Sea of Rust: C. Robert Cargill
About this deal
Linus clings to the notion that his job is about saving children from cruel or dangerous homes, but really he’s a cog in a government machine that treats magical children as second-class citizens. Brittle’s narration is extremely well pitched, her dry and pithy comebacks and barbed remarks a constant delight.
SEA OF RUST | Kirkus Reviews
Ok, it would be patronising to suggest that it is an unofficial tradition of the Clarke Award occasionally to include crowd-pleasing solid-genre page turners on the short list. It's about the stack of tiny little moments of joy and love that add up to a lifetime that's been worthwhile.That part, the sheer kinetic adventure, is undeniably fun, but it has very little to do with the novel’s SF content—which is why it surprised me a bit to see this on the Clarke Award list. C. Robert Cargill also recently announced Day Zero, another book in the same setting, coming in May next year.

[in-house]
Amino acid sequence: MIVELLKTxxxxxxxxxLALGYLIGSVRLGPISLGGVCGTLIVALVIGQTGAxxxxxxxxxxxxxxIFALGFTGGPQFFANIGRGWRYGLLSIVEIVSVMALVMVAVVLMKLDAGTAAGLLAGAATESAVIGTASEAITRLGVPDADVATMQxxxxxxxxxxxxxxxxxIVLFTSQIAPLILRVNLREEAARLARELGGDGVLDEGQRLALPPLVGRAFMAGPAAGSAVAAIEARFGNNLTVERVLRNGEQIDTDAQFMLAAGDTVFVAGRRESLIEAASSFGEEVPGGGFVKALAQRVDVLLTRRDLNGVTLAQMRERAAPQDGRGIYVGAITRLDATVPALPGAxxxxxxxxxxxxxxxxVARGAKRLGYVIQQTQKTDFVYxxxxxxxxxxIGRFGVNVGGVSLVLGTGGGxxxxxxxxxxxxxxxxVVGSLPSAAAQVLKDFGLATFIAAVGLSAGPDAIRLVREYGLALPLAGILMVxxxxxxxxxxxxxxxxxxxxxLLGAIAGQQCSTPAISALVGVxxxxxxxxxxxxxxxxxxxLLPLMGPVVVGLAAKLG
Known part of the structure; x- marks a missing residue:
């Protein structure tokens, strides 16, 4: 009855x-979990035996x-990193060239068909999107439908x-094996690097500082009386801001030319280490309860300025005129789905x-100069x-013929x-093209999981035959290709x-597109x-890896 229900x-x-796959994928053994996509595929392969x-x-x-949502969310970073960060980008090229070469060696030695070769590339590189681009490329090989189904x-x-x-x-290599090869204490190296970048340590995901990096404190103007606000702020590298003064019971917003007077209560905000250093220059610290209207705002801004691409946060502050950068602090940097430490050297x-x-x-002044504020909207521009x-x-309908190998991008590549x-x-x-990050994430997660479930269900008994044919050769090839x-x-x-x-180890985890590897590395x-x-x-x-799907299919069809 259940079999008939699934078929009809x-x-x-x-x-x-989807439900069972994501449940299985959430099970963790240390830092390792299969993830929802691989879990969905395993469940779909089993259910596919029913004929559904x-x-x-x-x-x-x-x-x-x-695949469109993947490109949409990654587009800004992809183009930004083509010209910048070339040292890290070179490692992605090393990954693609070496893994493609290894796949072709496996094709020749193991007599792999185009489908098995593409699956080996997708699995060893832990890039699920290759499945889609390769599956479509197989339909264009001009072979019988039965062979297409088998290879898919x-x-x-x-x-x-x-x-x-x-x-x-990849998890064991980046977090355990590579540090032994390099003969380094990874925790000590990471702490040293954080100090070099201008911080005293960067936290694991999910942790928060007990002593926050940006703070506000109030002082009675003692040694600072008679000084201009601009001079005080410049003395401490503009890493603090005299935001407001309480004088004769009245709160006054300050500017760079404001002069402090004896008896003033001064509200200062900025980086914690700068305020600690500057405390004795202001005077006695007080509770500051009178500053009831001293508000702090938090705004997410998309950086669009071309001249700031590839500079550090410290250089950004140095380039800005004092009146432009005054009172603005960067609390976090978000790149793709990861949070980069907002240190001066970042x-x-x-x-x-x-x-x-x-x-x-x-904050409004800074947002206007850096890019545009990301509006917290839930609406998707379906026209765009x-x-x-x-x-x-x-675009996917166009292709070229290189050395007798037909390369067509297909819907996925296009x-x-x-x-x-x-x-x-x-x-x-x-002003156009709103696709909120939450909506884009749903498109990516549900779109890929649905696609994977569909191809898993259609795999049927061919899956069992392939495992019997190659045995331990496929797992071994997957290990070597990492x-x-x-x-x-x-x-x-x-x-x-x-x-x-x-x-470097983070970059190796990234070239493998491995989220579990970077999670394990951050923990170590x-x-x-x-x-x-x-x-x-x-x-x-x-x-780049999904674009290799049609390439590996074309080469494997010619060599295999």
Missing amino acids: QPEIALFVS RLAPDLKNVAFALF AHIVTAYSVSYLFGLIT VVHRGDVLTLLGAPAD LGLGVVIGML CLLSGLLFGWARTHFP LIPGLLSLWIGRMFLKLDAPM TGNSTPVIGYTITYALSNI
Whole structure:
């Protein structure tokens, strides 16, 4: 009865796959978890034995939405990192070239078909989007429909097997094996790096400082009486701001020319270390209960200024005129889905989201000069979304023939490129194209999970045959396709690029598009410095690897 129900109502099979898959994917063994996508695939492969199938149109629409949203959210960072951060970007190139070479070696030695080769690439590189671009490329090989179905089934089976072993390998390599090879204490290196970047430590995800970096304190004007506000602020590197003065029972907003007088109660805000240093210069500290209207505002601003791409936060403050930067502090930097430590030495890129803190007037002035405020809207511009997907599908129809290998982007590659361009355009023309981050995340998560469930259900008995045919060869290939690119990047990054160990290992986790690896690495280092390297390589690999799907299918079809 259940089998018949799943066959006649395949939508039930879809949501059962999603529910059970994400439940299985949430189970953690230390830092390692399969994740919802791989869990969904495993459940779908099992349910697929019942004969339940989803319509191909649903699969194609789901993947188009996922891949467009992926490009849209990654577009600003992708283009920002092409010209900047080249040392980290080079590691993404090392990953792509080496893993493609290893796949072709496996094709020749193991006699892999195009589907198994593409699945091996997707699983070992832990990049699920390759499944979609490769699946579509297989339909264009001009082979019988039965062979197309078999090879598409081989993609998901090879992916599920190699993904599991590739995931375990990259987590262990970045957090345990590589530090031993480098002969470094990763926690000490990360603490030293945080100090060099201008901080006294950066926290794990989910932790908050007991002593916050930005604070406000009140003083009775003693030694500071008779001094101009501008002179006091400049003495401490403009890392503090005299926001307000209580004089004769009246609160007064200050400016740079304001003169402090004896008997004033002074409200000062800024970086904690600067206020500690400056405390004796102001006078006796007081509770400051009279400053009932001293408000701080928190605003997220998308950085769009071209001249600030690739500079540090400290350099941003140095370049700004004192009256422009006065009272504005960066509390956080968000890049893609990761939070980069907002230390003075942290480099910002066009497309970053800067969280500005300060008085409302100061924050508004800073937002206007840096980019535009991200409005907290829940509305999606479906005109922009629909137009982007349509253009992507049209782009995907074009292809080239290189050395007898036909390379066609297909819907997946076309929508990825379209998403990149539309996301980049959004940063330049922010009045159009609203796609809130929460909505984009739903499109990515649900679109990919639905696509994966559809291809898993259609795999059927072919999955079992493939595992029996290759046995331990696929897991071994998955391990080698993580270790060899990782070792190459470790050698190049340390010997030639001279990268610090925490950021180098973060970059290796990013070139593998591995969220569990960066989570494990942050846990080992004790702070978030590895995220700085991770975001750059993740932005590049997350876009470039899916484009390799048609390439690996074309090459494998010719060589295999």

Sea of Rust - Subterranean Press Sea of Rust - Subterranean Press
The narrator is Pounce, a nannybot for eight-year-old human Ezra, a tiger-shaped robot who has to make a fateful choice when machines breach the house and threaten the boy he’s meant to protect. Most of the world is controlled by an OWI - One World Intelligence, the shared consciousness of millions of robots uploaded into one huge mainframe brain.But while I, and I suspect most of the others, have serious problems with it, Sea of Rust absolutely deserves to be here. I had seen a few quite favorable reviews when it appeared, but never got a review copy myself, so this was my first encounter with it. I really enjoyed this one, I read it when it was shortlisted for the Clarke and I enjoyed the themes discussed in the book.